Here is Jeremiah up against it. It was tough being a prophet. Day after day you had to get up out of bed and deliver (and live) messages people did not want to hear. We have seen before that Jeremiah suffered for his calling. But:
- He was conscious that he was God’s man (16a). He was a shepherd to the people, but primarily he belonged to the Lord. So he spoke and acted as one who was not his own. His life wasn’t about doing what he wanted but living under the Lordship of God. Someone said that the Lord is ready to take full responsibility for the life wholly yielded to Him. So, yes, Jeremiah took his orders and words from God, but he also knew that he could go to Him with his open, bleeding wounds (14). He knew where to take his pain. The Lord was his refuge (17b). Amidst all the heartache, he was a man of praise (14b). He is often characterised as ‘the weeping prophet’, but he was primarily a worshipping prophet;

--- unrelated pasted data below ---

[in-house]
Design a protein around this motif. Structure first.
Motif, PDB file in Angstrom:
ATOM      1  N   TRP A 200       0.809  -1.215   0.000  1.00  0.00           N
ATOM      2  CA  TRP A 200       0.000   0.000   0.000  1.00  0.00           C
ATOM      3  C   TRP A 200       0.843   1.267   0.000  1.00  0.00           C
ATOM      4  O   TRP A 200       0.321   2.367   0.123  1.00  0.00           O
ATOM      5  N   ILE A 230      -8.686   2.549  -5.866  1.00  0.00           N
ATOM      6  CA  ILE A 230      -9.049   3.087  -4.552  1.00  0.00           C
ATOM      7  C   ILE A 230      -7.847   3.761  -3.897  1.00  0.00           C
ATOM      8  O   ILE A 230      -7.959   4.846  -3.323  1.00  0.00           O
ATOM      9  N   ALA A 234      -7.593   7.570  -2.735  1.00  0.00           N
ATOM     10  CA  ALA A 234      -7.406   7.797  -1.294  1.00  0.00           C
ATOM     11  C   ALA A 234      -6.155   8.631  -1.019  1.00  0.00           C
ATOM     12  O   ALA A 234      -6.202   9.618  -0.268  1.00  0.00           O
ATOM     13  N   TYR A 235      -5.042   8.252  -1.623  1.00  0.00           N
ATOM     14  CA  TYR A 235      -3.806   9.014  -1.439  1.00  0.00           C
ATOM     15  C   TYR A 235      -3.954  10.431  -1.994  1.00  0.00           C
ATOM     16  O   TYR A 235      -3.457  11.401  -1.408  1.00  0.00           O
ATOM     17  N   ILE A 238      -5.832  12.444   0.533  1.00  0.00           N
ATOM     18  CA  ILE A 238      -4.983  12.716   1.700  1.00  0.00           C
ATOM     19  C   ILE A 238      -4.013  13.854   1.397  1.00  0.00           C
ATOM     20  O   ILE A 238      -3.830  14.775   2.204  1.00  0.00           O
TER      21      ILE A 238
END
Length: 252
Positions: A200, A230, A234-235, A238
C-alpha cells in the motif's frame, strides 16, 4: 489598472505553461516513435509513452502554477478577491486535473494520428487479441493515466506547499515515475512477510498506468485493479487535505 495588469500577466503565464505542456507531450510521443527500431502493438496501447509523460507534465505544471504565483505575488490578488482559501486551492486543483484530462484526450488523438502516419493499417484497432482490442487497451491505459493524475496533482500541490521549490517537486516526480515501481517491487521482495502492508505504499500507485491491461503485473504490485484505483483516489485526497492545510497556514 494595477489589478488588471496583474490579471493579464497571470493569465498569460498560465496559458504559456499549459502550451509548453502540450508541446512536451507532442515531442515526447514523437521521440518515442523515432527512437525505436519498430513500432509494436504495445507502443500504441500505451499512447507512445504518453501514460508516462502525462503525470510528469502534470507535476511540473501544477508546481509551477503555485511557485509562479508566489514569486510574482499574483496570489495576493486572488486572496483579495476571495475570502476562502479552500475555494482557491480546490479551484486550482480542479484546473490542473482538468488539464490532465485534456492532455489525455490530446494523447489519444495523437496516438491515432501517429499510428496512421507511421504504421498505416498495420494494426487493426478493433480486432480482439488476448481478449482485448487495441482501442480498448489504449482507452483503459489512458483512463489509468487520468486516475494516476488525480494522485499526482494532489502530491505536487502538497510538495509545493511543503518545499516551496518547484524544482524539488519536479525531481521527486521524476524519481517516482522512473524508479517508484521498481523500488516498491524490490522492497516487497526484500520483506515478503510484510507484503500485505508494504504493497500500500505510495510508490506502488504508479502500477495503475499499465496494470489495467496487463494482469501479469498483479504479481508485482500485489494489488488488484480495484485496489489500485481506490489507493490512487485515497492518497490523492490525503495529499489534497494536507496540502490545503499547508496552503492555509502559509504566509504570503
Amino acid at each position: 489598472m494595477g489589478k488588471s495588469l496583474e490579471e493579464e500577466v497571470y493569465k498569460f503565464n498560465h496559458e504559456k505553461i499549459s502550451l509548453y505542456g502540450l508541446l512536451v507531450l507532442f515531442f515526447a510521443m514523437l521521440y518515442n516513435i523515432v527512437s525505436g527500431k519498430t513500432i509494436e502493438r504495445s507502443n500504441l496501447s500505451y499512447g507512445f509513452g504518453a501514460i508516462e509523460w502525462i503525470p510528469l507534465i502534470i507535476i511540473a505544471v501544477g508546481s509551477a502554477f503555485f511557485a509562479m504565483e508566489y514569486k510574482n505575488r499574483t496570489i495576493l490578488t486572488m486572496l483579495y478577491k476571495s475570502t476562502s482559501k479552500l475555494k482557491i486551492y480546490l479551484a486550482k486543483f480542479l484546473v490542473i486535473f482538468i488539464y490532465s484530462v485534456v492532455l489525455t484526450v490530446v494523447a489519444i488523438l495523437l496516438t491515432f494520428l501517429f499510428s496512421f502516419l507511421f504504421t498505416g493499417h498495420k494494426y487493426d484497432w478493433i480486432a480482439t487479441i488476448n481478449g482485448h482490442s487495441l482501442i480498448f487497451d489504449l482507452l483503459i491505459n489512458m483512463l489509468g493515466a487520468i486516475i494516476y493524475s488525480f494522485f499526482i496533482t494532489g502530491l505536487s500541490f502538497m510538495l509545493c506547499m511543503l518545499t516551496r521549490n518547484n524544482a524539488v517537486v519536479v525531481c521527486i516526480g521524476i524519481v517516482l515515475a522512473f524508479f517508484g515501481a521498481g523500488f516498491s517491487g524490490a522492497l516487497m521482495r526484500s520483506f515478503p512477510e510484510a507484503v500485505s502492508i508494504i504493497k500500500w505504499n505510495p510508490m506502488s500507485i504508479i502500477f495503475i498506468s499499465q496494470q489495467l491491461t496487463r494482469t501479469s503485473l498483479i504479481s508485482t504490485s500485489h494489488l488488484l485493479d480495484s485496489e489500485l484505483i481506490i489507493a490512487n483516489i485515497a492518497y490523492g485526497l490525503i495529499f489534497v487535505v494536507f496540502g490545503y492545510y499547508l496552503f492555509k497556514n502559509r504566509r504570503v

- He was committed to speaking God’s words (16b). Are we equally conscious of talking in the sight of God? What difference might it make to your speech if you remembered that God is the ‘silent listener to every conversation’? But sometimes He doesn’t just listen in silence. There are painful moments when you hear Him speak in the depths of your soul and you know you shouldn’t have said that!
- He did not speak about Hell without tears in his eyes (16b): ‘’…you know I have not desired the day of despair.’’ Jeremiah had to suffer taunts from persecutors who arrogantly poured scorn on his prophecies (15). When was it going to happen? The implication in their question was that it never would. But they were wrong. And there was something of a ‘torn’ feeling in Jeremiah’s heart. No, he had never wanted the judgment he had forecast to fall on his people. It broke his heart to preach it. At the same time, he did want God’s Word (and his words) to be vindicated; he did want to see the Lord deal with his ‘’persecutors’’ (17, 18).
Prayer: Heavenly Father, please put courage into my heart. I feel an inclination towards cowardice. Help me to ‘’not run away’’ from anything you ask of me.